Why the LTE Network Will Still Matter in a 5G World
Even after 5G launches to subscribers in 2022, the LTE network infrastructure will continue to carry 82 percent of all mobile traffic, according to Network World. Densely populated areas will experience 5G first, while 4G will continue to be the default path for mobile traffic before the 5G network expands into rural towns and lightly populated areas.
New technologies will deploy to enable 5G and boost the quality of all existing networks — particularly in lower-spectrum bands. This strategy is typical: Because carriers invest so much in network infrastructure, older standards hang around long after innovations supersede them. AT&T, for instance, continued to support its 2G services until January 1, 2017, according to Engadget.
Improving the Current LTE Network
Even as carriers and manufacturers build 5G infrastructure and technologies like 5G modems and multiple-input multiple-output (MIMO) antennas, they’ll continue to improve the capacity and lower latency on existing LTE networks. Network World predicts that 15 global operators will offer gigabit LTE by the end of 2017, using combined frequency bands to deliver faster speeds for existing devices.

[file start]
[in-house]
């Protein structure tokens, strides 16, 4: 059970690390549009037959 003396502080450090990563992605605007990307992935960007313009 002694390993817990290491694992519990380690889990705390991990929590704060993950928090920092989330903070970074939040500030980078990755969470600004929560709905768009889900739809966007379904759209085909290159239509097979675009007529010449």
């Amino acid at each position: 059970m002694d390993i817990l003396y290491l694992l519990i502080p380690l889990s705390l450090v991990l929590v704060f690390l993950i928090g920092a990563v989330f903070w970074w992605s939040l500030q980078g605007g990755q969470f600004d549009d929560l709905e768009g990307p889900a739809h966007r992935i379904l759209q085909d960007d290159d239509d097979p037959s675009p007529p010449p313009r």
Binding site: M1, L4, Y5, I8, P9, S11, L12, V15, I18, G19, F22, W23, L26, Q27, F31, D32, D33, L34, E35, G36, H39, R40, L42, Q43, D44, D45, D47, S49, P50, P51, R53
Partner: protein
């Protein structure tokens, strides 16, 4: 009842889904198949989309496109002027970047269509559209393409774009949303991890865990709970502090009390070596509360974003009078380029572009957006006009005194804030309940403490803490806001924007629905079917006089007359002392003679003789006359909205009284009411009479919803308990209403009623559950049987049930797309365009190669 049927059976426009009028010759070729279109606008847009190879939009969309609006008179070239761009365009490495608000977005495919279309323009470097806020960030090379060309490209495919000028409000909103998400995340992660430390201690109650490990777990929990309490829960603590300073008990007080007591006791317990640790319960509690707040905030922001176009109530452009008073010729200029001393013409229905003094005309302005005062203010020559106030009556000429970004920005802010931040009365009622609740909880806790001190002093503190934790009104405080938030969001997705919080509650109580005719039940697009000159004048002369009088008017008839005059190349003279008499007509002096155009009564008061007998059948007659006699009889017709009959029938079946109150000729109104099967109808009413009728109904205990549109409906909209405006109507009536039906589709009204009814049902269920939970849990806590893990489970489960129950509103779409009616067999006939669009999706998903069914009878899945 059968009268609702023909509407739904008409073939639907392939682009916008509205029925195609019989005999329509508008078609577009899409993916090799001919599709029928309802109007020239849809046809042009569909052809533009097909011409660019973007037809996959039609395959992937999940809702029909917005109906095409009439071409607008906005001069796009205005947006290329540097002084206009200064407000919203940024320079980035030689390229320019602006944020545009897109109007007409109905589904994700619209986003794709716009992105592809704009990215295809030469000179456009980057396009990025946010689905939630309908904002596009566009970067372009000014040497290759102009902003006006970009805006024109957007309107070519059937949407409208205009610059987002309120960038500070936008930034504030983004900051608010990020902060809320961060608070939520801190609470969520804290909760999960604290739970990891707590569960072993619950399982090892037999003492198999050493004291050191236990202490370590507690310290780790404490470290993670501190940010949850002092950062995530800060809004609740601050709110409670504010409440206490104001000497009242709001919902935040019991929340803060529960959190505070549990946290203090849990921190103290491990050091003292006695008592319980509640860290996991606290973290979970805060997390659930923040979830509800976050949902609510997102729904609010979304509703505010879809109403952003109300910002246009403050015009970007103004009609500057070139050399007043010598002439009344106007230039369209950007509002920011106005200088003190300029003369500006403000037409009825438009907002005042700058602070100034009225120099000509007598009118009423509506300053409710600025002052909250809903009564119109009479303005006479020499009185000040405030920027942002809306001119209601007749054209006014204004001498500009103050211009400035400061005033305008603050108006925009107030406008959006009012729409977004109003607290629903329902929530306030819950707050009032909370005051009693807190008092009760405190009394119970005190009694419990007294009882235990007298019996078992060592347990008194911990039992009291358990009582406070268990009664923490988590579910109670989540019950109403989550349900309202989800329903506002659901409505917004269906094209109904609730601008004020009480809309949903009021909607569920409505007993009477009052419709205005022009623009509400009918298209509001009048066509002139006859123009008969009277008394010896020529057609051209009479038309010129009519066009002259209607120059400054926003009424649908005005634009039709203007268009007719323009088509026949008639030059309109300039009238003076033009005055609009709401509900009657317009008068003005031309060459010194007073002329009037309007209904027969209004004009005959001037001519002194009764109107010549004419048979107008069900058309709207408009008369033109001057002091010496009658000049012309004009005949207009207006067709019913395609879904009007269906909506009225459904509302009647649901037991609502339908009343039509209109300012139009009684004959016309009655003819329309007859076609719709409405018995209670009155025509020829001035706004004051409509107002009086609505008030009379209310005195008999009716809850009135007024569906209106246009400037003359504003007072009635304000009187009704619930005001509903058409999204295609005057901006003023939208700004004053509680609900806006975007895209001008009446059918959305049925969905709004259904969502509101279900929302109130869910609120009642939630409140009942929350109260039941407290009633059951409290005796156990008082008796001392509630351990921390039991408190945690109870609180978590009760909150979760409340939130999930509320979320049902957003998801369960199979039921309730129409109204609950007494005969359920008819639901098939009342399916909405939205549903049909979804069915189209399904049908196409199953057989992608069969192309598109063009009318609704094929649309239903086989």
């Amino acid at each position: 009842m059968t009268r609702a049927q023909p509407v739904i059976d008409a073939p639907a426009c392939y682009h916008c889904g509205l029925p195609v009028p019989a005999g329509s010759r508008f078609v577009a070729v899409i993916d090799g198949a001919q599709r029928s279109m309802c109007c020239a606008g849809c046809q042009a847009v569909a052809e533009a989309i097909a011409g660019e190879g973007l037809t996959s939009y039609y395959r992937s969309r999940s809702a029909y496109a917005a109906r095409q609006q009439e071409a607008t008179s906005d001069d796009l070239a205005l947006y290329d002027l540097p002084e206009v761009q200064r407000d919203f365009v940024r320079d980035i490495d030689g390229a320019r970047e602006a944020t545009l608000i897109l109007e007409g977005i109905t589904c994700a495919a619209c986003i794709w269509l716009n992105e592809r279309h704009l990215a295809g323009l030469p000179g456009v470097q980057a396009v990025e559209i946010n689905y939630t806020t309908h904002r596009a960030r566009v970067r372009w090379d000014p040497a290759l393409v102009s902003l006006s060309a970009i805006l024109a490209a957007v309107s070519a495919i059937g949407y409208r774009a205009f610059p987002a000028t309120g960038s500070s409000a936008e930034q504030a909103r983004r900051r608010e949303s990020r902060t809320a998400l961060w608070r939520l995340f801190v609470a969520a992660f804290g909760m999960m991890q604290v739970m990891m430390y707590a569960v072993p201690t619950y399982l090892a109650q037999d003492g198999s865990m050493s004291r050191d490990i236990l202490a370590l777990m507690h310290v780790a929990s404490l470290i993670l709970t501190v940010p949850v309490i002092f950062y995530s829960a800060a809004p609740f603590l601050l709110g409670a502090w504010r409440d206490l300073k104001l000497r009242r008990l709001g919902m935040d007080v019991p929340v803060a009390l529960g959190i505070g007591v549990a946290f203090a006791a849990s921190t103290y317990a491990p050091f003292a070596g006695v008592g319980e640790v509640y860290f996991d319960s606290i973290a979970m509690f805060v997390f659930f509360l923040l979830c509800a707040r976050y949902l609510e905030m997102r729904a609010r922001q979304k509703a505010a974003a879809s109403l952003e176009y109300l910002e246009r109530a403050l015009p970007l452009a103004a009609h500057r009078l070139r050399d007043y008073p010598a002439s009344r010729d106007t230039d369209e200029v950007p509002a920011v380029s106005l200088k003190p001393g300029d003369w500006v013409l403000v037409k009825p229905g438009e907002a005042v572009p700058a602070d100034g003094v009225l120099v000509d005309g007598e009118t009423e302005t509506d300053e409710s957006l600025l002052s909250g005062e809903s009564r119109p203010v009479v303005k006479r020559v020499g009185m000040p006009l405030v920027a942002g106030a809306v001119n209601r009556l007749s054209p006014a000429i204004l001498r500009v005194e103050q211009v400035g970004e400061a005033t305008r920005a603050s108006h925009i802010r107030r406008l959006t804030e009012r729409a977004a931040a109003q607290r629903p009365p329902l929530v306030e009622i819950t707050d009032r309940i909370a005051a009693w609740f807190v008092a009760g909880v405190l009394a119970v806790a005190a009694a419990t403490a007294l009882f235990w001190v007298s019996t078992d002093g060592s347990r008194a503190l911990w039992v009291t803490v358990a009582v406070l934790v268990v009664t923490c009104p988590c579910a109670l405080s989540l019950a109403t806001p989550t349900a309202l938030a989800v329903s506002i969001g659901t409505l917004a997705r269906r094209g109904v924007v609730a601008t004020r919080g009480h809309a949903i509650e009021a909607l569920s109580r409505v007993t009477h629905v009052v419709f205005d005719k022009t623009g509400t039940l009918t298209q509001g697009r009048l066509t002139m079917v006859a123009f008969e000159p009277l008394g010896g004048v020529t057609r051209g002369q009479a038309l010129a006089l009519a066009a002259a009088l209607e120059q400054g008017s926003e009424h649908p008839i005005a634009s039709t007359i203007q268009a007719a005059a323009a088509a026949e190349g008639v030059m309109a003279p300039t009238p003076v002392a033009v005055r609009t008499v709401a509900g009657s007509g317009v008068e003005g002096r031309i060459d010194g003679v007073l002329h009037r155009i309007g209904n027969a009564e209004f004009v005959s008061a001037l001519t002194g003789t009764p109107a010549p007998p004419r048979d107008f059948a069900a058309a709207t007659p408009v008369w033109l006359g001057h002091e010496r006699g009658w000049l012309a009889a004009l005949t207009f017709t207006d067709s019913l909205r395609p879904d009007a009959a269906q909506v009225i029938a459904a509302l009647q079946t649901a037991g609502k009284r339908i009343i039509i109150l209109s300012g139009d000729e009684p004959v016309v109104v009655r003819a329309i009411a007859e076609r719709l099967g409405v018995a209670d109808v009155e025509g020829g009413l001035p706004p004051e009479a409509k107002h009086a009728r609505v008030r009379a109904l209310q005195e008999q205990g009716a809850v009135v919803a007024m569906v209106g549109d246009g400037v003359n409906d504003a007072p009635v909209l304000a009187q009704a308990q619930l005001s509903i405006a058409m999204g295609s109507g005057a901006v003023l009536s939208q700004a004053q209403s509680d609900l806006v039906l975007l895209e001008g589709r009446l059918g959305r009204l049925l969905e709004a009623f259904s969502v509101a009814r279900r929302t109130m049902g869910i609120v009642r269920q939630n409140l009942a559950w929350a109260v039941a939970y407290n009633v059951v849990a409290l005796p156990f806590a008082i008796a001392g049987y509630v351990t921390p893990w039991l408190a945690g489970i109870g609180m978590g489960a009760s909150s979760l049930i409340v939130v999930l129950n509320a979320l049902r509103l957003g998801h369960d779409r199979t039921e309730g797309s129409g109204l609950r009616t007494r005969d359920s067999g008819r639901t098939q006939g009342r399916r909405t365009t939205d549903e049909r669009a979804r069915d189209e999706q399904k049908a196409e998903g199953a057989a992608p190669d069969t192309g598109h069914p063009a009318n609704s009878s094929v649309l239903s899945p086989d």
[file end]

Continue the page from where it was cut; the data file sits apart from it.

But while carriers have worked hard to improve peak rate, they have a long way to go to reduce latency on the LTE network, notes Gustav Wikstrom of Ericsson Research. Therefore, new technologies are in progress to improve LTE speed and performance for connected industrial plants, connected vehicles and demanding applications like gaming and file transfer. For example, fast uplink access aims to lower one-way uplink transmission speeds to less than a millisecond, while other technologies work to enhance downlink transmission chain, cut processing time and shorten transmission duration.
A Gradual Transition
Back in the day, the 4G LTE network was built separately from 3G, with traffic passed between networks based on local coverage. But the future holds something new — LTE and 5G can coexist on the same network, and Network World predicts LTE will continue to handle mobility management functions even as 5G expands.
A gradual migration to 5G, such as that envisioned by companies supporting the Nonstand-Alone 5G New Radio (NR) initiative, can help carriers and manufacturers spread out the cost of transitioning to 5G infrastructure and devices.
Even carriers like Verizon, which has come out against 5G NR, continues to develop use cases for the LTE network. Fierce Wireless reports that Verizon sees LTE as a core technology for Internet of Things (IoT) connectivity, particularly Narrowband IoT and LTE-M. These solutions can be deployed on existing networks with a software upgrade and can improve IoT devices’ battery life, lower data costs and expand coverage for IoT networks. In the end, the LTE network will still matter in a 5G world.